Africa National Wildlife Travel

Spotting seal pups from the clifftops high above their breeding coves isn’t as easy as it might seem. I’ve done it many times and binoculars always prove essential.

The motionless pups blend in with the gently sloping canvas of mud grey, burnt red and quartz-white pebbles, rocks and giant boulders way down below. You may at first only spot one or two pups. But scan carefully and I’ll guarantee you’ll find several more. Watching a cove from above for a couple of hours is an interesting and very relaxing experience. Eventually, you’ll spot a 300 kg potential milk tanker lumbering very slowly from the sea shallows on to the shingle. Struggling up the shelving beach, she takes several minutes to reach her ‘crying’ pup. The crying stops as the pup nuzzles into its mother’s side to get at a nipple. Warm, thick, fat-rich milk at last!

The first time I walked this part of the coastal path in autumn, the sounds echoing around the cliff amphitheatres below were incredibly eerie, almost alarming. They take some getting used to. An unmistakeable, almost human baby cry from the lounging pups mixes with the rhythmical thud of waves breaking on the stony shore. It’s a disconcerting sound; a cry needing to be answered; an urgent appeal for food. It sets off what I can only describe as rather visceral alarm bells; little wonder that many people don’t realise that the crying pup is perfectly ok. It’s merely hoping for a milk top-up and alerting its mother.

Tourists often walk the coastal path above these rocky headlands especially to watch and listen to the sounds and events in these open-plan, maritime maternity wards. Today the Pembrokeshire Coastal Path is a key part of the Wales Coast Path all 1,400 km of it – and Wales (the country of my birth) is the first country in the world to have a signposted footpath around its whole national boundary. It’s a fantastic asset. Tourist boat trips have burgeoned over the last couple of decades as more people visit this part of Wales to spot an array of sea wildlife: dolphins, seabirds like Puffins and Gannets and, of course, these Grey Seals. The tourist boats stick to an agreed code of conduct so that they cause little or no disturbance and, so far, the arrangements seem to be working well.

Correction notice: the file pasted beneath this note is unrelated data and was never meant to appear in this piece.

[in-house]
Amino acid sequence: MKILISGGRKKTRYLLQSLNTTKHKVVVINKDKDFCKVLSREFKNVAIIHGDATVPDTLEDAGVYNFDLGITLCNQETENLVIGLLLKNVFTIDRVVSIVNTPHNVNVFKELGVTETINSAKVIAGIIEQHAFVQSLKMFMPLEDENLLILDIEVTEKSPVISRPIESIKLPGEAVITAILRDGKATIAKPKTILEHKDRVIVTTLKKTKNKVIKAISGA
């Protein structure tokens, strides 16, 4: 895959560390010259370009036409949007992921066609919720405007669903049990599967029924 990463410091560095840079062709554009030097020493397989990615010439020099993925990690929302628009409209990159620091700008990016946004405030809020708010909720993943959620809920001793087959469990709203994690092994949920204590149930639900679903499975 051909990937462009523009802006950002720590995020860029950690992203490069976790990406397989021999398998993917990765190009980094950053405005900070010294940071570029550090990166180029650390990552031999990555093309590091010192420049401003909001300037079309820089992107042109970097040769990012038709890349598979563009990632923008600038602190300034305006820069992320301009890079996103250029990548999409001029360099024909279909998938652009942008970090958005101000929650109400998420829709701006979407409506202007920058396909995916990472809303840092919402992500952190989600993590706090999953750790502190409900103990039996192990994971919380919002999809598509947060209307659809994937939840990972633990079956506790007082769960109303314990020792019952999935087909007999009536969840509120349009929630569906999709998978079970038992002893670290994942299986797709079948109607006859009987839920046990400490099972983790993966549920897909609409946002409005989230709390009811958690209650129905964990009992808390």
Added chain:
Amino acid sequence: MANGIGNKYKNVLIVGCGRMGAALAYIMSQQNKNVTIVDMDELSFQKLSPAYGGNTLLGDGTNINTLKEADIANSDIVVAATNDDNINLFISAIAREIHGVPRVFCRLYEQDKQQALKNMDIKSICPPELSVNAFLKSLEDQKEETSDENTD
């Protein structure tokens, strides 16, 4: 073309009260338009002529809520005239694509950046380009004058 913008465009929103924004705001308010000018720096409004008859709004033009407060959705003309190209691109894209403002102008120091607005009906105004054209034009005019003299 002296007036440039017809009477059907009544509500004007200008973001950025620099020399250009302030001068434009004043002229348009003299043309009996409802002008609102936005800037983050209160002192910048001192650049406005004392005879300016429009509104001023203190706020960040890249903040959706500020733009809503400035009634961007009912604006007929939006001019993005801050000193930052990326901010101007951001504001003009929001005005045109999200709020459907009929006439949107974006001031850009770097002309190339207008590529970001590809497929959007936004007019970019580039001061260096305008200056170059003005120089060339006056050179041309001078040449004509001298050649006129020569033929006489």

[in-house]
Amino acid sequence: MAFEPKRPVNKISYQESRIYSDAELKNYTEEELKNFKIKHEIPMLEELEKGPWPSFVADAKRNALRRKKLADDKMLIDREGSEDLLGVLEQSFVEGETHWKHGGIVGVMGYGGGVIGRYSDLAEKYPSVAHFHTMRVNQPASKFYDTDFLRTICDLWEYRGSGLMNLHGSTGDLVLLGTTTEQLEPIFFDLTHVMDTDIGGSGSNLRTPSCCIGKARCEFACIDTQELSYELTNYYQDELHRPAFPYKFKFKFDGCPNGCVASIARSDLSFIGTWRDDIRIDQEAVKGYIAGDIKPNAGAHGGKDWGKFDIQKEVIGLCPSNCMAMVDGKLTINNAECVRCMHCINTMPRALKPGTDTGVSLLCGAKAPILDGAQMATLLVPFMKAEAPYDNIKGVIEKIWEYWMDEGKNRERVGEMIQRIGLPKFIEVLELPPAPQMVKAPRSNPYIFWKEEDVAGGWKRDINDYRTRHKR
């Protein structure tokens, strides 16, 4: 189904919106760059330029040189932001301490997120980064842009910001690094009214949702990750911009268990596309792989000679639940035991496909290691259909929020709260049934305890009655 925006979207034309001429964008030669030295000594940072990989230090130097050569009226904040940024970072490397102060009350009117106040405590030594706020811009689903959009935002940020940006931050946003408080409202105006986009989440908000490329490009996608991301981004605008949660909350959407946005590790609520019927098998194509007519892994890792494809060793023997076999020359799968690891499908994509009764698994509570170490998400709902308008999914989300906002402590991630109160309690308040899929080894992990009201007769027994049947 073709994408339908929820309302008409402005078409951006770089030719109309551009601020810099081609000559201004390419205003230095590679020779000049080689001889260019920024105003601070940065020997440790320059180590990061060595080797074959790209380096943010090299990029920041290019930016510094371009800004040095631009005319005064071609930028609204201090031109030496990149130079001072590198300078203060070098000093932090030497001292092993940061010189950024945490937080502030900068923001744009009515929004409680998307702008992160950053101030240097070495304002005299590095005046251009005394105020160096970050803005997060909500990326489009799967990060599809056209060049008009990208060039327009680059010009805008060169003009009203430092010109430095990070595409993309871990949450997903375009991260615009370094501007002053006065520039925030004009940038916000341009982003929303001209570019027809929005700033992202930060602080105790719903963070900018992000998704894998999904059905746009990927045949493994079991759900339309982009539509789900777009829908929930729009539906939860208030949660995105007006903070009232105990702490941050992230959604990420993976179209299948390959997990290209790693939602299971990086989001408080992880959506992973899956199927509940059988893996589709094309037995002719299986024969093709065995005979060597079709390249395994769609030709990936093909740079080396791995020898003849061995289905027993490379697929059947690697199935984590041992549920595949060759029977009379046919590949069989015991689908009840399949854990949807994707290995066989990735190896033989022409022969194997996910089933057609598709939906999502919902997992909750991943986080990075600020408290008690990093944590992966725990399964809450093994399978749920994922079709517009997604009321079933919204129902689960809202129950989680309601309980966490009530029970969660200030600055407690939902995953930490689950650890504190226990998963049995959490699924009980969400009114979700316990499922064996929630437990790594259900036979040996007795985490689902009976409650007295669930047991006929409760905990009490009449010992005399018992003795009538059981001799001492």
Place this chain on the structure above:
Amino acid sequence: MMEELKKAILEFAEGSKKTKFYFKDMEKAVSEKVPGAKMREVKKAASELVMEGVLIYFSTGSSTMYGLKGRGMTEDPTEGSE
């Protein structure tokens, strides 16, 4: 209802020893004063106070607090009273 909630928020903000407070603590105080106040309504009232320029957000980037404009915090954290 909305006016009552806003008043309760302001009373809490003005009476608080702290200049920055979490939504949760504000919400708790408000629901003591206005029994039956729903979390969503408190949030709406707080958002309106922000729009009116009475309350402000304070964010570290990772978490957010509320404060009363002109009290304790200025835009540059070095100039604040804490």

Competition with fishermen, though, could become a much more serious problem. Some of the local fishermen, making a living from their catches of lobster, crab, rays and bass complain that they are now ‘more endangered than seals’. I can understand their concern; the seals have a somewhat similar fishy diet in mind! Similar, yes, but far from identical because research has found that, overall, only a few percent of a seal’s diet consists of commercially important fish while perhaps 60% of it consists of tiny sand eels. But try telling that to a fisherman. They will quickly retort that seals frequently try to feed out of their fishing nets after anything that’s easy to catch. They are even sometimes congregating around a fishing boat before any fishing begins. And although its legal with a special licence for fishermen to kill seals in the vicinity of nets to protect a fishery outside the seal breeding season, most fishermen hereabouts tolerate them, at least at present. After all, they know that any calls for a cull of Pembrokeshire’s Grey Seals would be certain to provoke a huge public outcry and damage its all-important tourist industry.

Tourism and fishing aside, it has always seemed to me that the Grey Seals of west Wales are arguably some of the most vulnerable anywhere. They breed cheek-by-jowl with one of the busiest oil ports – Milford Haven – in Europe. The Sea Empress’ huge leak of deadly oil (see Chapter 28) only missed them in 1996 because the tanker grounded near the shore in February when the seals were well away from their breeding beaches out at sea. Had the Sea Empress run aground in September or October, the impact on these magnificent and endearing mammals would have been too awful to contemplate.

As I left Martin’s Haven after my day with Phil Newman, the ominous bulk of an oil tanker moored a few miles away out in the bay was just visible through the descending grey haze of drizzle.

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